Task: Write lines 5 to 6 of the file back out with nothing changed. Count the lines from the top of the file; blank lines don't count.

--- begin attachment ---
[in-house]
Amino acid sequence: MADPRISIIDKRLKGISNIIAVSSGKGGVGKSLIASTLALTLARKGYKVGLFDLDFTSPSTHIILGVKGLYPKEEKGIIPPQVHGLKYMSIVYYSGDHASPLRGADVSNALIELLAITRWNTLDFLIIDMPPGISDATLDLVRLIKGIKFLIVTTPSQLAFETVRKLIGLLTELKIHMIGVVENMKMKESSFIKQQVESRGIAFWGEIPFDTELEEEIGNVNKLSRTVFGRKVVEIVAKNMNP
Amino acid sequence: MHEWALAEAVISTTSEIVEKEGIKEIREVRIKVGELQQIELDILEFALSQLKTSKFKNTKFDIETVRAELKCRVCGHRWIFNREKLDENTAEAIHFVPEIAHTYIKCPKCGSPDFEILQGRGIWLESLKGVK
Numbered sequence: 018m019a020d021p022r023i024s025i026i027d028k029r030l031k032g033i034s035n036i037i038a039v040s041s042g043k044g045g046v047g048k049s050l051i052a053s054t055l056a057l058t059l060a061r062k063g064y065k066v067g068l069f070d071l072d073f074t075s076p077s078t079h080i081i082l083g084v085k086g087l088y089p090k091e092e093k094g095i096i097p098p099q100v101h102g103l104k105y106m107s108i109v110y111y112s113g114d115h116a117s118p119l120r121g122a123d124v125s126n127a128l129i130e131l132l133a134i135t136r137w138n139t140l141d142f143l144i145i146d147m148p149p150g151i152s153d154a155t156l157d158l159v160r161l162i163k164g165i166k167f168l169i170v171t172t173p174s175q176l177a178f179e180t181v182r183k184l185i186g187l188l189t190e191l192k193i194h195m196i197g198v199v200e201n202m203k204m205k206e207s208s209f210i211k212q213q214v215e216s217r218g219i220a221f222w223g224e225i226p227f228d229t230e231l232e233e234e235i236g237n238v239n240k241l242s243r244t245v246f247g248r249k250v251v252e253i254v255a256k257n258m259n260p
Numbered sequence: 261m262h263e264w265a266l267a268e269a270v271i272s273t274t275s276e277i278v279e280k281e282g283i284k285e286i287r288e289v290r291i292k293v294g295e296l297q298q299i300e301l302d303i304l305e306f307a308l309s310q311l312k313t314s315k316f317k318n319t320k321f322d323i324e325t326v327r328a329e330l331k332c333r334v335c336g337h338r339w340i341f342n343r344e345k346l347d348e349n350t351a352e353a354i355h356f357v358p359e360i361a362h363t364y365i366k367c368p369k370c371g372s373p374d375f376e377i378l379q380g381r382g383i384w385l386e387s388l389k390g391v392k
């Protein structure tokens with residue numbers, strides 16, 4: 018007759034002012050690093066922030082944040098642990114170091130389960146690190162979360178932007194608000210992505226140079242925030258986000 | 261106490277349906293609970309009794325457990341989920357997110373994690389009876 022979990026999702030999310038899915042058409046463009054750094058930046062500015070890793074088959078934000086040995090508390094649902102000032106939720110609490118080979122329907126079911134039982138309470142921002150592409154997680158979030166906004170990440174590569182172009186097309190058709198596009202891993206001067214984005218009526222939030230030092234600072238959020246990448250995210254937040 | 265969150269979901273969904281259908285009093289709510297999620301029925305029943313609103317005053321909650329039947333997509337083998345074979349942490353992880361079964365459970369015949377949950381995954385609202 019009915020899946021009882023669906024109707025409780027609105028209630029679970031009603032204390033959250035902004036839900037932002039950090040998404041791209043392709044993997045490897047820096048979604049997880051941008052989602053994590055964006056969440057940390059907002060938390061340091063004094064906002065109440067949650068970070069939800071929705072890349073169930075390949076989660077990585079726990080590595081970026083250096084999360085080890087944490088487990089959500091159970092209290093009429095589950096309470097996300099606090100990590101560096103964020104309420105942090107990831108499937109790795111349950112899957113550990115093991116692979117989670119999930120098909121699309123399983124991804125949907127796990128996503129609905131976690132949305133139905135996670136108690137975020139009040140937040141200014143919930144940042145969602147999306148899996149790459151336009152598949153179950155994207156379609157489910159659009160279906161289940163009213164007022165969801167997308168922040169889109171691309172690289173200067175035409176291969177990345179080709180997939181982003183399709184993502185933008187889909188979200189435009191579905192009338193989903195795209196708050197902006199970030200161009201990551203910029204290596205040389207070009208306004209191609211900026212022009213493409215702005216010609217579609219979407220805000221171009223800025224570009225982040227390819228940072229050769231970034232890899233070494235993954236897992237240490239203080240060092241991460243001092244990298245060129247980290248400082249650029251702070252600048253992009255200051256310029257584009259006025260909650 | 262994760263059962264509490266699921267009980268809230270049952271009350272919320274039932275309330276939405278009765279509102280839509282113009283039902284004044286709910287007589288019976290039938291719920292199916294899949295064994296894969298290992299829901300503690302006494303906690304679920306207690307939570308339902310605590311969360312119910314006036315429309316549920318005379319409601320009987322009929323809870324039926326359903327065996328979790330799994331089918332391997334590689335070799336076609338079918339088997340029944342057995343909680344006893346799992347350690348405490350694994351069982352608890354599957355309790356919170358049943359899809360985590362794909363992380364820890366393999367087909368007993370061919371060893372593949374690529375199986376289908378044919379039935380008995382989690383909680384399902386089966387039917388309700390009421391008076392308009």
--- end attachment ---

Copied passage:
Numbered sequence: 261m262h263e264w265a266l267a268e269a270v271i272s273t274t275s276e277i278v279e280k281e282g283i284k285e286i287r288e289v290r291i292k293v294g295e296l297q298q299i300e301l302d303i304l305e306f307a308l309s310q311l312k313t314s315k316f317k318n319t320k321f322d323i324e325t326v327r328a329e330l331k332c333r334v335c336g337h338r339w340i341f342n343r344e345k346l347d348e349n350t351a352e353a354i355h356f357v358p359e360i361a362h363t364y365i366k367c368p369k370c371g372s373p374d375f376e377i378l379q380g381r382g383i384w385l386e387s388l389k390g391v392k
């Protein structure tokens with residue numbers, strides 16, 4: 018007759034002012050690093066922030082944040098642990114170091130389960146690190162979360178932007194608000210992505226140079242925030258986000 | 261106490277349906293609970309009794325457990341989920357997110373994690389009876 022979990026999702030999310038899915042058409046463009054750094058930046062500015070890793074088959078934000086040995090508390094649902102000032106939720110609490118080979122329907126079911134039982138309470142921002150592409154997680158979030166906004170990440174590569182172009186097309190058709198596009202891993206001067214984005218009526222939030230030092234600072238959020246990448250995210254937040 | 265969150269979901273969904281259908285009093289709510297999620301029925305029943313609103317005053321909650329039947333997509337083998345074979349942490353992880361079964365459970369015949377949950381995954385609202 019009915020899946021009882023669906024109707025409780027609105028209630029679970031009603032204390033959250035902004036839900037932002039950090040998404041791209043392709044993997045490897047820096048979604049997880051941008052989602053994590055964006056969440057940390059907002060938390061340091063004094064906002065109440067949650068970070069939800071929705072890349073169930075390949076989660077990585079726990080590595081970026083250096084999360085080890087944490088487990089959500091159970092209290093009429095589950096309470097996300099606090100990590101560096103964020104309420105942090107990831108499937109790795111349950112899957113550990115093991116692979117989670119999930120098909121699309123399983124991804125949907127796990128996503129609905131976690132949305133139905135996670136108690137975020139009040140937040141200014143919930144940042145969602147999306148899996149790459151336009152598949153179950155994207156379609157489910159659009160279906161289940163009213164007022165969801167997308168922040169889109171691309172690289173200067175035409176291969177990345179080709180997939181982003183399709184993502185933008187889909188979200189435009191579905192009338193989903195795209196708050197902006199970030200161009201990551203910029204290596205040389207070009208306004209191609211900026212022009213493409215702005216010609217579609219979407220805000221171009223800025224570009225982040227390819228940072229050769231970034232890899233070494235993954236897992237240490239203080240060092241991460243001092244990298245060129247980290248400082249650029251702070252600048253992009255200051256310029257584009259006025260909650 | 262994760263059962264509490266699921267009980268809230270049952271009350272919320274039932275309330276939405278009765279509102280839509282113009283039902284004044286709910287007589288019976290039938291719920292199916294899949295064994296894969298290992299829901300503690302006494303906690304679920306207690307939570308339902310605590311969360312119910314006036315429309316549920318005379319409601320009987322009929323809870324039926326359903327065996328979790330799994331089918332391997334590689335070799336076609338079918339088997340029944342057995343909680344006893346799992347350690348405490350694994351069982352608890354599957355309790356919170358049943359899809360985590362794909363992380364820890366393999367087909368007993370061919371060893372593949374690529375199986376289908378044919379039935380008995382989690383909680384399902386089966387039917388309700390009421391008076392308009």